Because greater scaup rarely migrate across interior states and instead stick to the coastlines, it can be tough to hunt them outside the Pacific or Atlantic flyways, but you can occasionally see some in the Mississippi flyway near the Great Lakes. Lesser scaup, on the other hand, often migrate through and offer more opportunities inland. If you’re looking to break into hunting bluebills, consider seeking out a waterfowl outfitter – it can pay off in not only ducks harvested, but key lessons learned that will help you in the future.
Equipment and bag limits
As usual, you will need to have the basics for duck hunting, including a hunting license/federal duck stamp, a shotgun (12-gauge), non-toxic shotgun shells, waterfowl camo clothing, a blind, and some decoys. Many intentional scaup hunters choose to hunt on open water from a layout boat concealed with a blind, but land-based blinds can work well too. You may need a few dozen decoys to really interest larger migrating flocks. The current daily bag limit for scaup (greater or lesser, combined since their field identification is tough) is three birds.
Greater scaup hunting techniques
Scouting before a hunt is always important for success. Try glassing some likely spots at dawn to see where the divers are actively feeding, particularly if it’s adjacent to a spot you can hunt from. If you don’t feel comfortable hunting from the water or you simply don’t have a suitable boat, try positioning your blind out on a point to get access to more water for the decoys. As mentioned, the bigger the spread, the better off you likely will be. Try putting out at least three dozen decoys if you have them, focusing on drakes more than hens (since they are so flashy from the sky). And don’t be afraid to toss some other diving duck decoys out either. When using so many decoys, gang rigs in long parallel lines can allow you to quickly set a raft up slightly upwind of your boat or blind. By running a single long line of decoys downwind, you can create a runway of sorts to guide the ducks in. Divers often approach spreads low over the water and fast, so be ready when they come in.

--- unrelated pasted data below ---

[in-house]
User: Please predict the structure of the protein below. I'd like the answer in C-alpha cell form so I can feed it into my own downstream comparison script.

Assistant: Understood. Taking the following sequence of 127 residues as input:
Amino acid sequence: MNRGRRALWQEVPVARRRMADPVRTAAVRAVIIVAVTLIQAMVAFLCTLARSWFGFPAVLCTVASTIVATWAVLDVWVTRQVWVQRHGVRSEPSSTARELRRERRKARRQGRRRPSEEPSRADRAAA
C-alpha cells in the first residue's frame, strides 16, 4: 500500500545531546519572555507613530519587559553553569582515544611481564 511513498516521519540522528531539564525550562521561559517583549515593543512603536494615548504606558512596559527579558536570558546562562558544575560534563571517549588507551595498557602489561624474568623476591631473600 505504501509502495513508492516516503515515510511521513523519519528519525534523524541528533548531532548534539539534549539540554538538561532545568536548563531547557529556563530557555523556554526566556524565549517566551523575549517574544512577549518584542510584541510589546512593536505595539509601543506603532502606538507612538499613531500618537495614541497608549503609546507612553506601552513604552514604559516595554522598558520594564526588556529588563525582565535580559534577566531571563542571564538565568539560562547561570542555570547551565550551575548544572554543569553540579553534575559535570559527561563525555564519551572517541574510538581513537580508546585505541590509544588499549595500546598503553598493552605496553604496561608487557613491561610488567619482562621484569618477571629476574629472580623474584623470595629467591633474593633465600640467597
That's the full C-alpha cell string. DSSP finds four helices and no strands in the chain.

For divers, your priority should be to set up in a good location and rely on your decoy spread. But while calling to puddle ducks like mallards or teal is more common, you can also call to divers like the scaup. Hens often make a raspy barking call, but common diver calls that make low-pitched growls, “brrrr” sounds, and throaty grumbles can all work. Occasionally, even puddle duck comeback calls can work. So if you find the ducks are circling but not committing to your spread, try blasting out a few calls and see what happens. Good luck with the bluebills!
Ryan Lisson is a biologist and regular content contributor to several outdoor manufacturers, hunting shows, publications, and blogs. He is an avid small game, turkey, and whitetail hunter from northern Minnesota and loves managing habitat almost as much as hunting. Ryan is also passionate about helping other adults experience the outdoors for their first time, which spurred him to launch Zero to Hunt, a website devoted to mentoring new hunters.